He went on to cite a March study from Ball State’s Center for Media Design, hailed as the “largest observational look at media usage ever conducted.”  Rohrs takes great delight in that study’s finding that ninety-nine percent of TV viewing in 2008 was done on a “traditional” TV with less than 5 percent of that viewing using DVR playback.  Web video from YouTube, Hulu and all other Web/cell phone media accounted for less than one percent of all viewership.

Obviously Mr. Rohrs has a bias to present but still, he uses these facts well to rebut the conventional bromide of so many new media advocates: “television is dead.”

Of course it isn’t Chris.  Say it with me, won’t you?  “Television is not dead, it’s just diversified.”

And that’s the point Gavin O’Malley made yesterday on MediaPost: viewership on all three screens has never been higher.  Special events added extra fuel to online viewership numbers as people watched the Inauguration and the Final Fours from their desktops.  Again citing Nielsen, US online video usage grew thirteen percent year-over-year while mobile jumped more than fifty percent.

The two mens’ numbers around DVR use seem to conflict but the undeniable truth is that we are watching more video than ever…which must have something to do with this great nation’s rampant obesity, but that’s another blogpost.

Call me self-interested but my takeaway from all of these findings is that agencies deeply schooled in television production can no longer be cast as behind the times.  The collective skill and experience all that commercial production engenders gives us a leg up over any putative content provider, particularly if we’ve moved aggressively into new media anyway.

Like so many things, the means don’t matter nearly as much as the ends.  Facile skills on specific platforms mean nothing if the content isn’t there.

Stories, drama, ideas always come first.

By Dennis Ryan, CCO, Element 79

CONTEXT: Advertising’s Next Creative Frontier

TV commercials, print ads, posters, radio spots, banners, rich media, long form: most creatives can generate competent content once they develop a feel for the format.  The challenge of content boils down to narrative or stylistic innovation and surprise.

The Right Message At The Right Time

The Right Message At The Right Time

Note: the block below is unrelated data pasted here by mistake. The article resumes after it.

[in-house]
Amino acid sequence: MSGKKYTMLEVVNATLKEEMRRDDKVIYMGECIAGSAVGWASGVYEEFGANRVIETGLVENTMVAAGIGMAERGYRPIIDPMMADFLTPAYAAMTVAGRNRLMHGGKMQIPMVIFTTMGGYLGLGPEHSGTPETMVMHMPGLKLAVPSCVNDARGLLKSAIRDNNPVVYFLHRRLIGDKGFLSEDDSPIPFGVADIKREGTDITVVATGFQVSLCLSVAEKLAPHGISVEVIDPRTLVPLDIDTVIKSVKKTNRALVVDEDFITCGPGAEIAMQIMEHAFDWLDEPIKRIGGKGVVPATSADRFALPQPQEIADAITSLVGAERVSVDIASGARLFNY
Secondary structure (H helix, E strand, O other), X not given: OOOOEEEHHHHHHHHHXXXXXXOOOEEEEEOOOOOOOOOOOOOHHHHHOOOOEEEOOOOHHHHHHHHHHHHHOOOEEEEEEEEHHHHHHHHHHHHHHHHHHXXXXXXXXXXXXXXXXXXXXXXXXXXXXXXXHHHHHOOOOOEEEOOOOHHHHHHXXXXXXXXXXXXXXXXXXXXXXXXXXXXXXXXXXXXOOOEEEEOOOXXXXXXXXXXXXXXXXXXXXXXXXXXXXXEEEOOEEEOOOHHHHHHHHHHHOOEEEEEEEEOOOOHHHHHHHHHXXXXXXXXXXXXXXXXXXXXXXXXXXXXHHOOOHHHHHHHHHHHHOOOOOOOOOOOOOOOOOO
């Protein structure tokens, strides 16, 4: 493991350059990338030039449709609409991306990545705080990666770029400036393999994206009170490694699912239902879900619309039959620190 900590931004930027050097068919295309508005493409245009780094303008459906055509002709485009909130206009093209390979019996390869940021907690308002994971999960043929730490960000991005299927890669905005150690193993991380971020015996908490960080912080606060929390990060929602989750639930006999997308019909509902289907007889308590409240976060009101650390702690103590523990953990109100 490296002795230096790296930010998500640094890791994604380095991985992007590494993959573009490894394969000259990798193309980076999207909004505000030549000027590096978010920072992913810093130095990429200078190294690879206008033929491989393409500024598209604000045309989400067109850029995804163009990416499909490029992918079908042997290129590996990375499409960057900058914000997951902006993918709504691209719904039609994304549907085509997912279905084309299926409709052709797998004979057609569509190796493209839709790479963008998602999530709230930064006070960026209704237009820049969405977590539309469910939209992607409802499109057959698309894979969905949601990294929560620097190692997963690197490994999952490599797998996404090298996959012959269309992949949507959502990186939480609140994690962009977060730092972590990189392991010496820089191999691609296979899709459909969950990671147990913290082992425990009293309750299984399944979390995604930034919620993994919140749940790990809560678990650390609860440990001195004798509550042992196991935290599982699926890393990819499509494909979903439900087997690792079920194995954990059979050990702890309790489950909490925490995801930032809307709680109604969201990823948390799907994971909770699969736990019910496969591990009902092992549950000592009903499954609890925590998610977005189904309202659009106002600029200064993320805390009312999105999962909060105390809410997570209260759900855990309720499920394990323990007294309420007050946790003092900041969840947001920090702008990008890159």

But content won’t be the biggest challenge for creatives over the next few years; context will.  Advances in data farming and technology-empowered customization will challenge creative imaginations to anticipate and empathize, to visualize and speculate around consumer engagement occasions like never before.  Soon, it will no longer be enough to dream up a surprising idea; we will have to go further and determine how to customize that idea based on variables like target age and gender, time of day and social setting, even changes in weather, news and collective mood.

To truly exploit context demands a more fully immersive imagination: a skill previously unasked of advertising creatives, yet one that will increasingly drive the differentiation and success of marketing platforms.  Messages that reference, or at least acknowledge, the world surrounding them will find more receptive audiences.

Context has long been the promise of mobile marketing.  For the past few years, we’ve been promised the revolution of using GPS location to activate messages regarding local offerings and attractions.  It also promises to improve search as algorithms grow more sophisticated at filtering meaning based on user data.  And it promises to reinvent usage of the humble coupon, creating ever more relevant offers based on demographics and location…and perhaps even astrological signs.

Historically, traditional agency creatives have ceded the entire contextual domain to direct marketers.  But as technology continues to improve and refine user data, innovative thinkers will dream up ways to use this information to exponentially improve the relevance, engagement and impact of their ideas.

Because the most powerful messages are deeply personal.

By Dennis Ryan, CCO, Element 79